During this time, an individual could not cross from East Germany to West Germany with a simple passport. The proper documents stating that the traveller was allowed to cross were needed and those documents are issued a day before departure. Martin forged those to look as legitimate as possible.
“I knew what they do when they cross by train from East to West, they are extremely strict. So I had her travel at night, because by the time she would arrive at the border, it would be dark and the fluorescent lights in those trains would take forever to turn on. When they did, they would go off and on, off and on. I told her make sure you sit by the door and have your passport out, because they go over quickly, look at you and check those papers.” said Martin.
Their was an industrial fair going on at the time which was the best time to try and escape as the East Germans, at the time, would be somewhat lenient as they wanted to be perceived as warm, to the outside world. This was exactly what Martin was hoping for when the escape was in motion. The Border Patrol requested Heidi’s passport and her papers, they searched the entire train, from top to bottom leaving Heidi very nervous.
“One guy said, ‘Wouldn’t it be funny if we had an escapee in here tonight?’ I never forgot that.”
Upon arrival in West Germany, the Border Patrol analyzed the passport belonging too “Martina Miertsch”, while Heidi nervously waited for them to spot the false passport. Luckily, they wrote the date and time down and she was free to enter.
“They looked at it and didn’t see anything wrong with the passport. so I must have done a good job.” chuckled Martin.
Before Heidi took the train from the East Germany, she took vacation time from work. So when the secret police were looking for anything suspicious or any missing East Germans, Heidi was not on the radar because everyone including her Communist Step-Father thought she was on vacation doing her own thing locally.
Martin at this time was still in East Germany and needed to find a way out, now, without a Canadian Passport. After reporting the loss of his documentation, the police grilled him on whether it was stolen or lost. Martin claimed he backtracked his steps but to no avail, however, he was in no rush to get them back as he was going to visit more friends and family, is what he told them. what Martin did not know is the police were investigating him by questioning his family and neighbours. Luckily, he received papers to leave East Germany.
“Holy Shit, I thought to myself. How lucky can one man get?” Martin exclaimed. “The next train that left East Germany, I was on it!”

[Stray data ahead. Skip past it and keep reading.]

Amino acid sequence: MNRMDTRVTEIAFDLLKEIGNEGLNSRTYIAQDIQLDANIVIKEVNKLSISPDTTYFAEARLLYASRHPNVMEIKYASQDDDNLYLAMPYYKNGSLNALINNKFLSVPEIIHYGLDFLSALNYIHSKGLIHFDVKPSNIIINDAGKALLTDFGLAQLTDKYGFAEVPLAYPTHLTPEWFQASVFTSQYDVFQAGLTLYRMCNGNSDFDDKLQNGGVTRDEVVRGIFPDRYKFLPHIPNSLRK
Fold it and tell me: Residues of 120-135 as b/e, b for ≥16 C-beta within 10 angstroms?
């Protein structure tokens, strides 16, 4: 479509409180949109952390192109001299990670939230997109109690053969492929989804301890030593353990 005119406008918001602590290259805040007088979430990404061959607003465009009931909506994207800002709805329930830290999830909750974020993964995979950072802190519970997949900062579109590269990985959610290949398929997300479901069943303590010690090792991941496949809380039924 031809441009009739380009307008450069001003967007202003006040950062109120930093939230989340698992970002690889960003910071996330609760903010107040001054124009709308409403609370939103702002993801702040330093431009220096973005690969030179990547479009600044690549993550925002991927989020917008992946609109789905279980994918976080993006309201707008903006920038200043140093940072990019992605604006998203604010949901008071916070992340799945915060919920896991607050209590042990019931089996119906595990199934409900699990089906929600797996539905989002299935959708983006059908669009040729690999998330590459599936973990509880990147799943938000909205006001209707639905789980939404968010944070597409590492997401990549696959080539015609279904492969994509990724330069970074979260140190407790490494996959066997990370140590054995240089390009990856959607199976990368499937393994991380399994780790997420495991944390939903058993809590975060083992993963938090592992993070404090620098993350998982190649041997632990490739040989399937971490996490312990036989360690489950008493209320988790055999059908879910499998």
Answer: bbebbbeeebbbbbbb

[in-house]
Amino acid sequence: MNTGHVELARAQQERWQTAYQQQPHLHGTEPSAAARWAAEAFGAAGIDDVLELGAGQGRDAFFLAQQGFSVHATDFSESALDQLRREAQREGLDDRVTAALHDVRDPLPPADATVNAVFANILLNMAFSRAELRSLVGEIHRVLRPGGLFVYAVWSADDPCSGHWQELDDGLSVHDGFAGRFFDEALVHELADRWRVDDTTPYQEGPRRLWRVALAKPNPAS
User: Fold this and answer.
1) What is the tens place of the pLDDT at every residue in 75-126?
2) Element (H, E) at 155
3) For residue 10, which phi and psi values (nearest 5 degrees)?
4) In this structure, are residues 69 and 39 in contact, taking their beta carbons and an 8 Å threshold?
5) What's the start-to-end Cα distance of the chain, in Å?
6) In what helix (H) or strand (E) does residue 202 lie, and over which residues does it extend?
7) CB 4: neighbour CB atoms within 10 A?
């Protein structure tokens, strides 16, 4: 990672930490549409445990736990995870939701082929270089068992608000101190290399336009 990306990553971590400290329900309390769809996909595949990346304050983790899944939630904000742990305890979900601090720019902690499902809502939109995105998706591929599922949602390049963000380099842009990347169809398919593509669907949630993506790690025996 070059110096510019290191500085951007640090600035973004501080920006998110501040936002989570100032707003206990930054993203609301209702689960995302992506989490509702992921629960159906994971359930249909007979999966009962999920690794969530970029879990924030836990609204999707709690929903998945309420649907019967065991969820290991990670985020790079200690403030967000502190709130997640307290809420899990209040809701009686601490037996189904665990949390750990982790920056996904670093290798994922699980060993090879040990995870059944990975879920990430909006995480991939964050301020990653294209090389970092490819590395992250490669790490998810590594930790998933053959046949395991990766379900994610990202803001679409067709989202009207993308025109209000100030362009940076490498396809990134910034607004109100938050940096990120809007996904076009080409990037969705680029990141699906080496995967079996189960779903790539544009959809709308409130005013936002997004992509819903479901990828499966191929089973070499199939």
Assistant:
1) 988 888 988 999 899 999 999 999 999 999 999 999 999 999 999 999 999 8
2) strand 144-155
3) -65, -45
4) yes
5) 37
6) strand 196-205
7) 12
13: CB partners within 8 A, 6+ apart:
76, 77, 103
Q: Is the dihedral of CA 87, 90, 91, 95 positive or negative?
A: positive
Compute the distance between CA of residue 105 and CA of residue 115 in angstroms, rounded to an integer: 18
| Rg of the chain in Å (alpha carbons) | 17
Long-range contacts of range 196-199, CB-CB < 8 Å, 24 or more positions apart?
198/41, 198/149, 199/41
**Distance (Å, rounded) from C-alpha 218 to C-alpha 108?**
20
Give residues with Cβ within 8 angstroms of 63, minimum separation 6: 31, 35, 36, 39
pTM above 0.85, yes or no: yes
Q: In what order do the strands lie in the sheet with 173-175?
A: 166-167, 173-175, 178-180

When arriving at the border, they questioned him about the departure documents he received from the East. They pulled him from the train and questioned him even further about who he was and where he was from. They kept him overnight to confirm those papers were, in-fact, real.
“When you sit there for four or five hours….you are scared…at about 10:00am in the morning there was a train. They told me I could be on it. Holy shit… I thought (again) how lucky can I get (again)!”
Once Martin was reunited with Heidi, they were elated to be with each other. Now it was time to get Heidi to Canada. However, Heidi was technically a Communist resident, which would not allow her to leave for Canada for a minimum of two years. It wasn’t until a young gentleman from the embassy quietly informed them that if they were to be married, that the two year waiting period would fade away. Martin and Heidi met with a Justice of the Peace and were wed in Cologne, Germany, 1966.
“I thought I would use my ID card to get onto the big ship to get to Canada. You are not able to travel on it, you needed your passport. I showed it to the fellow, he said ‘Secret Police’? I just nodded, and they let me in.” Martin said in disbelief.
Heidi stepped off the train in Revelstoke on her 21st birthday, 1966. That November their first daughter, Martina was born.
Heidi noted that one story sticks with her and that is of her sister. After her sister dropped her off at the train station in East Germany as visiting tourist, Martina Miertsch, her sister hailed a cab. The driver did not want the fare as he wanted to get home to watch his favourite American TV show. She pleaded with him for the ride and even invited the cab driver to watch the show at her house back in East Germany. The cab driver agreed to the terms, drove her home and did in fact, watch the tv show at her residence, where the Communist Step-Father lived.
The show was The Fugitive.